By Dan Hunt
Lord Baden-Powell penned the Boy Scout motto, “Be prepared,” in 1907. Just as we should “expect fire on every run,” we should also be prepared for the eventuality that we may need to rescue a bariatric fire victim.
In 2004, Morgan Spurlock produced the investigative film, Super Size Me, inspired by the spread of obesity in America. Today, more than one in three adults (36.5 percent) are considered obese by the Centers for Disease Control and Prevention and the National Institutes of Health.1 Despite this, we are often caught off guard when faced with extricating fire victims much larger than ourselves. When working on drags, we commonly train with a 165- or 185-pound mannequin or a firefighter (and we typically choose the smallest person to drag). Given the prevalence of obesity in America, we should consider that one in three potential fire victims will be obese. In 2016, U.S. fire departments responded to an estimated 352,500 residential structure fires. These fires caused 2,735 deaths; 10,750 civilian injuries; and $5.6 billion in direct damages. A civilian dies in a residential fire every three hours and 12 minutes; on average, seven people die in U.S. residential fires per day.2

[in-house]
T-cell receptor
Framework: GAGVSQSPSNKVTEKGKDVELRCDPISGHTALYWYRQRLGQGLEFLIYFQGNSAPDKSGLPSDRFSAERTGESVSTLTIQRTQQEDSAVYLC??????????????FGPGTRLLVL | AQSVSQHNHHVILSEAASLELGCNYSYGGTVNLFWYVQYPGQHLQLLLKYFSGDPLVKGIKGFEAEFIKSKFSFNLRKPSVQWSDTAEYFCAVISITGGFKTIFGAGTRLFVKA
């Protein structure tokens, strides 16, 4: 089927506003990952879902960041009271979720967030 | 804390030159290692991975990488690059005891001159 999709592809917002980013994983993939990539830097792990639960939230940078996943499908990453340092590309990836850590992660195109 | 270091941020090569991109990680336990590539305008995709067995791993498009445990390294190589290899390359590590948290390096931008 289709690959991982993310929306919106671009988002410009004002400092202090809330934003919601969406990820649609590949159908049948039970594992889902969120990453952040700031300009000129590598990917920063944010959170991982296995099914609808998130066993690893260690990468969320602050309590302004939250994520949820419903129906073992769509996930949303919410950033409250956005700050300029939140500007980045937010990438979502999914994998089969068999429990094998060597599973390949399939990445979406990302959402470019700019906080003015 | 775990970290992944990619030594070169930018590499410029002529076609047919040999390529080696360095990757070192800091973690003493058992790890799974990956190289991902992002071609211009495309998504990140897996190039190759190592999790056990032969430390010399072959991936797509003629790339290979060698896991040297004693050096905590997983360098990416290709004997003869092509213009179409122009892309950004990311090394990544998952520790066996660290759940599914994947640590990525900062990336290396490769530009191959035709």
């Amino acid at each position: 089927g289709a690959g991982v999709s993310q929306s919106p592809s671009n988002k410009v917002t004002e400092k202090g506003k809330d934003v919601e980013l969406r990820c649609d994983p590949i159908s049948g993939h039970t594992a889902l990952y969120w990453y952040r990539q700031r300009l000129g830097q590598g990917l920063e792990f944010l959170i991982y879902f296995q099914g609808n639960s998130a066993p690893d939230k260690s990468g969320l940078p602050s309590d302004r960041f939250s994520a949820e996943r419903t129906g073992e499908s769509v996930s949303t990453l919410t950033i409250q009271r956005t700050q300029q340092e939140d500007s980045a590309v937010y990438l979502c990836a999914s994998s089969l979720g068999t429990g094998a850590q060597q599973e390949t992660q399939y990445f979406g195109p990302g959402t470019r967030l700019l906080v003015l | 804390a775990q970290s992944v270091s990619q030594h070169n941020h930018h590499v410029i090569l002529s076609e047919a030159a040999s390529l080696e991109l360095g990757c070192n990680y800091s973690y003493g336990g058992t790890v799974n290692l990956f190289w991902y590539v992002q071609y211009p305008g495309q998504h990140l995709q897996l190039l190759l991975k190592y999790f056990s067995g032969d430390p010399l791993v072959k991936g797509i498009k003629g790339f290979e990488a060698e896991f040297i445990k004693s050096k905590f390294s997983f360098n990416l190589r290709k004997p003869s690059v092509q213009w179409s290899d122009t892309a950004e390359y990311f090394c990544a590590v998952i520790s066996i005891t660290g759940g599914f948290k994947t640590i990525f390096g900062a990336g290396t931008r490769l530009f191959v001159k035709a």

When we train with average-sized victims, we build an expectation in our minds that victims found in fires will be similar in size. Our introductory firefighter training provides basic structural fire rescue skills including searches, lifts, drags, and carries. Along with the basics, we typically incorporate webbing used to create “drag handles” on a victim. We learn how clothing can melt to the body or become brittle when exposed to high-heat conditions. We discuss how burned skin becomes slick and slippery and, under the worst circumstances, may separate from the body when a limb is pulled on or dragged. Considering the effects of the fire environment on the human body has allowed us to improve and refine rescue procedures.